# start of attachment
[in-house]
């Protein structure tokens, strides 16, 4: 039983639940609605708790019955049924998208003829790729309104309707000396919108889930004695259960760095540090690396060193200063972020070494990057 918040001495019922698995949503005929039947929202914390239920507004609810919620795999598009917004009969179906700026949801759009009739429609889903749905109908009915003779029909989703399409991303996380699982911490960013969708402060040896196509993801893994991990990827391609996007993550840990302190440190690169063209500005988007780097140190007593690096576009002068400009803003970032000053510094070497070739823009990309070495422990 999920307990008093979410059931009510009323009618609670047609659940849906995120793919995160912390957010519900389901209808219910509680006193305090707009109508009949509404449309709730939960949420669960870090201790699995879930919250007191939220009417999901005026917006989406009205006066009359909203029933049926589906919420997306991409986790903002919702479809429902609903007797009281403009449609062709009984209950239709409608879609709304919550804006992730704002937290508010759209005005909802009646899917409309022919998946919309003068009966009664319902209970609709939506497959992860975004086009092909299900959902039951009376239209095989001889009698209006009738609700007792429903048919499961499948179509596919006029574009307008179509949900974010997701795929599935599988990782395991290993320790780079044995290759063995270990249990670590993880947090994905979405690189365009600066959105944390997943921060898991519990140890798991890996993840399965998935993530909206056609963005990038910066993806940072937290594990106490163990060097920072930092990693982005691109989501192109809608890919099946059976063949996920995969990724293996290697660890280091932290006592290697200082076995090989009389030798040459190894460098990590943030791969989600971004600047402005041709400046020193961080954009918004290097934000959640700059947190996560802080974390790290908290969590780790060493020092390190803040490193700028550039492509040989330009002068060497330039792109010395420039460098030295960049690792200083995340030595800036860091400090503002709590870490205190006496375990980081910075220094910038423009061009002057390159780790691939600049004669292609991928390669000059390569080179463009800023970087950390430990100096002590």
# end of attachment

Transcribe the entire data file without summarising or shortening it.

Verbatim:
[in-house]
């Protein structure tokens, strides 16, 4: 039983639940609605708790019955049924998208003829790729309104309707000396919108889930004695259960760095540090690396060193200063972020070494990057 918040001495019922698995949503005929039947929202914390239920507004609810919620795999598009917004009969179906700026949801759009009739429609889903749905109908009915003779029909989703399409991303996380699982911490960013969708402060040896196509993801893994991990990827391609996007993550840990302190440190690169063209500005988007780097140190007593690096576009002068400009803003970032000053510094070497070739823009990309070495422990 999920307990008093979410059931009510009323009618609670047609659940849906995120793919995160912390957010519900389901209808219910509680006193305090707009109508009949509404449309709730939960949420669960870090201790699995879930919250007191939220009417999901005026917006989406009205006066009359909203029933049926589906919420997306991409986790903002919702479809429902609903007797009281403009449609062709009984209950239709409608879609709304919550804006992730704002937290508010759209005005909802009646899917409309022919998946919309003068009966009664319902209970609709939506497959992860975004086009092909299900959902039951009376239209095989001889009698209006009738609700007792429903048919499961499948179509596919006029574009307008179509949900974010997701795929599935599988990782395991290993320790780079044995290759063995270990249990670590993880947090994905979405690189365009600066959105944390997943921060898991519990140890798991890996993840399965998935993530909206056609963005990038910066993806940072937290594990106490163990060097920072930092990693982005691109989501192109809608890919099946059976063949996920995969990724293996290697660890280091932290006592290697200082076995090989009389030798040459190894460098990590943030791969989600971004600047402005041709400046020193961080954009918004290097934000959640700059947190996560802080974390790290908290969590780790060493020092390190803040490193700028550039492509040989330009002068060497330039792109010395420039460098030295960049690792200083995340030595800036860091400090503002709590870490205190006496375990980081910075220094910038423009061009002057390159780790691939600049004669292609991928390669000059390569080179463009800023970087950390430990100096002590």